The various com­bi­na­ti­ons of dif­fe­rent vege­ta­bles and fish have a very health-pro­mo­ting effect on the body. For exam­ple, it can help improve intesti­nal health and streng­then the immune system. It also helps improve heart health and pro­mo­tes thy­roid function.

So ver­sa­tile and incre­di­bly deli­cious, you simply can’t go wrong with these little rice bites.

And what about this sushi?!

For­t­u­na­tely only stop motion 😀

Heidelberg Sushi FAQ

Is there vegan sushi?

Sur­pri­sin­gly, sushi can be vegan. Alt­hough the term “sushi” is often used as a syn­onym for raw fish, sushi is in fact cold rice dres­sed with vin­egar, moul­ded into any shape and gar­nis­hed with raw sea­food or vege­ta­bles. It is the­r­e­fore pos­si­ble to order vegan sushi wit­hout fish. The usual vegan ingre­di­ents include avo­cado, cucum­ber or tofu and takuan (pick­led daikon radish).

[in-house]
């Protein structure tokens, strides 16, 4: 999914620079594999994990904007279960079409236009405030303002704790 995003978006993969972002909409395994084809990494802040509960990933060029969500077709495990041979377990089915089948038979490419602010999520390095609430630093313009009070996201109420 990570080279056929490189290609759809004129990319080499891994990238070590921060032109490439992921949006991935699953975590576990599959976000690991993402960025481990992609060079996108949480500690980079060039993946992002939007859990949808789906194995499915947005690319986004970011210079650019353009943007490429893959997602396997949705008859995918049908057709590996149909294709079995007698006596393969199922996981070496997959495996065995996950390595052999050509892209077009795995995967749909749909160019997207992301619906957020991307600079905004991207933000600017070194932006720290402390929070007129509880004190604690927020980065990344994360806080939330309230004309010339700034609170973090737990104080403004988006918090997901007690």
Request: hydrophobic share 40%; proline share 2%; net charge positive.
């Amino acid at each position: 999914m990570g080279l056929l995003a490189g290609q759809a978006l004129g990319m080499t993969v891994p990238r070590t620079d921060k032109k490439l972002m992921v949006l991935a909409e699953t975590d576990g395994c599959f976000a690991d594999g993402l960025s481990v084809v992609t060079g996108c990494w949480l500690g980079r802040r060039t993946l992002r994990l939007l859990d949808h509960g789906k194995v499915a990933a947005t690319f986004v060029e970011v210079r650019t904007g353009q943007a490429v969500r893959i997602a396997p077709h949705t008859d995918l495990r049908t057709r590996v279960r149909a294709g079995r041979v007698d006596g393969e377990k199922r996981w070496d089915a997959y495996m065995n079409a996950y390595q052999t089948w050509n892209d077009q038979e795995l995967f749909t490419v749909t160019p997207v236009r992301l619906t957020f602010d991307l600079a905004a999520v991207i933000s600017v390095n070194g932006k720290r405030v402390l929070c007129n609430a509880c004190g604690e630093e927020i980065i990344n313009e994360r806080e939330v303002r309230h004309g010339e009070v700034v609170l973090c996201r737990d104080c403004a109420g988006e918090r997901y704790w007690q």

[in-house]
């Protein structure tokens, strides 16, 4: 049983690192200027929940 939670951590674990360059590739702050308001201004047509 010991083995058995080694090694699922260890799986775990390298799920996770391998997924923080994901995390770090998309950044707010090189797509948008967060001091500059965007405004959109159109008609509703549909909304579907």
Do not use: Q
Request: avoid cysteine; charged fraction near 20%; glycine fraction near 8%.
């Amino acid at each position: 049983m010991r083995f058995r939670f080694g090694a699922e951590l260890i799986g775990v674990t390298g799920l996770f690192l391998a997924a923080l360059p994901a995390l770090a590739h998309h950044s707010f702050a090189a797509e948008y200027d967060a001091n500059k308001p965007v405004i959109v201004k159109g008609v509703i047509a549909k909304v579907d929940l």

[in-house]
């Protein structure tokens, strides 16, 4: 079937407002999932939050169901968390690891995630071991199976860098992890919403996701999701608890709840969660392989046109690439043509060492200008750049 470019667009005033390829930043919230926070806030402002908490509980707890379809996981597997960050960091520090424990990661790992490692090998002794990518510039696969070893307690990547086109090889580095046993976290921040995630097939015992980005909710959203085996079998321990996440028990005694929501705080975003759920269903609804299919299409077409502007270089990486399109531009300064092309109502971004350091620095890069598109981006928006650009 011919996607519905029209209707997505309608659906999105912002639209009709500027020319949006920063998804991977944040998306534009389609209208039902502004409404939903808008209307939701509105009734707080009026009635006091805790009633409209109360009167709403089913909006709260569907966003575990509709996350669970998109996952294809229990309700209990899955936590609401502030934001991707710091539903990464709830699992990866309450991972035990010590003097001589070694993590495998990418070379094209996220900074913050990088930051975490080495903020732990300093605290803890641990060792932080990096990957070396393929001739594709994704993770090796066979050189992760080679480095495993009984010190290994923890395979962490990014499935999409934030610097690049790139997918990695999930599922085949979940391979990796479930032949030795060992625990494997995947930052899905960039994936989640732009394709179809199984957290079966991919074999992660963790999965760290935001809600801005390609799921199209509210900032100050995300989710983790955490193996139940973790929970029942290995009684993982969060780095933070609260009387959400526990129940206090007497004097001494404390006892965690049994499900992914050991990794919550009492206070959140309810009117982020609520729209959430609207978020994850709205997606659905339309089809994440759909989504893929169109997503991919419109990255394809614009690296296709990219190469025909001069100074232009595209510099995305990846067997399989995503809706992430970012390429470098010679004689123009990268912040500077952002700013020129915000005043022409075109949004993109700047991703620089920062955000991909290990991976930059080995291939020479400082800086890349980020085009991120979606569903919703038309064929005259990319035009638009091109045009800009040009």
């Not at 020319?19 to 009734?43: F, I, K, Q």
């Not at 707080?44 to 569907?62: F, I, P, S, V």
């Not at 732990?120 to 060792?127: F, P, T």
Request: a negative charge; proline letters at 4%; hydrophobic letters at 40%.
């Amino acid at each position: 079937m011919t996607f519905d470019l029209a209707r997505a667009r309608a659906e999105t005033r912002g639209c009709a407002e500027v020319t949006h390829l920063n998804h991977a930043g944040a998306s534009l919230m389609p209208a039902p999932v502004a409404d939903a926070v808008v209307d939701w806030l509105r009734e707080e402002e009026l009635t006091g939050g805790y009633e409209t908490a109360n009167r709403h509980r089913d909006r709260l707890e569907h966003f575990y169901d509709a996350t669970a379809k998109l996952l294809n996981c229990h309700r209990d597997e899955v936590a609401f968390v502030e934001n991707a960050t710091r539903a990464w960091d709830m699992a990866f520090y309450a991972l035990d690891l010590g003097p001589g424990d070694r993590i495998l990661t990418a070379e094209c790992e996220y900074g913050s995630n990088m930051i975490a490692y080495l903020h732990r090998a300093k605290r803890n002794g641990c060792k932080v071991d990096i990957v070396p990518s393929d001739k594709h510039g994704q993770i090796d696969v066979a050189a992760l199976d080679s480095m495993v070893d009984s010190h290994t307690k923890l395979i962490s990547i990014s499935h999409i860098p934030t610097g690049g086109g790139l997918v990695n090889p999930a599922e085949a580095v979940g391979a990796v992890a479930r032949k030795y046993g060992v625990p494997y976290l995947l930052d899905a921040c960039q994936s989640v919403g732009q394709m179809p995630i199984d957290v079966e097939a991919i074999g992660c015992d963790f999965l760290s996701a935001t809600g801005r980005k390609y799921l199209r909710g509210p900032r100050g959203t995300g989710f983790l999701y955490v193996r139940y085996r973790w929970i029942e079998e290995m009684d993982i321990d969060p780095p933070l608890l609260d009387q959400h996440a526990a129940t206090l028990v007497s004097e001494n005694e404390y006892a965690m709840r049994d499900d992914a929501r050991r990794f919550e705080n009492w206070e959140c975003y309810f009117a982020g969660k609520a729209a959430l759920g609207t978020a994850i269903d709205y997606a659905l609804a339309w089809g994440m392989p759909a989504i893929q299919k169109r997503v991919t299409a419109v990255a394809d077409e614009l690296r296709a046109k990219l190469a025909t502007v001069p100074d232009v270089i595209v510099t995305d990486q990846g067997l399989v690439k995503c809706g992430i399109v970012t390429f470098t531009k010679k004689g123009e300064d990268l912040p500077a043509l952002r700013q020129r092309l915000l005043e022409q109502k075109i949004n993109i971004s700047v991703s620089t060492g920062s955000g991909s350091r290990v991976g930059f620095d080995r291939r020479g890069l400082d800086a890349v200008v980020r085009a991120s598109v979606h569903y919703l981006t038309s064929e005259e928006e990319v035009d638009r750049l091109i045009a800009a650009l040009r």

If you are inte­res­ted in other vegan dishes, take a look at our article on vegan restau­rants in Heidelberg.

Is sushi gluten-free?

Yes, sushi is basi­cally gluten-free. The main ingre­di­ents rice, fish, vege­ta­bles and nori leaves are gluten-free and can be eaten by people with gluten into­le­rance or celiac dise­ase. Howe­ver, you should be careful if brea­ded or trea­ted ingre­di­ents are included. In this case, it is always sui­ta­ble to ask the staff for advice.

Is Heidelberg known for sushi restaurants?

In fact, Heidelberg is not par­ti­cu­larly known for sushi, but this does not mean that there are not out­stan­ding sushi restau­rants in Heidelberg. With over 15 sushi restau­rants in the city of 160,000 inha­bi­tants, there is more than one sushi restau­rant for every 10,000 inha­bi­tants, which very cle­arly shows the love of the people of Heidelberg for sushi.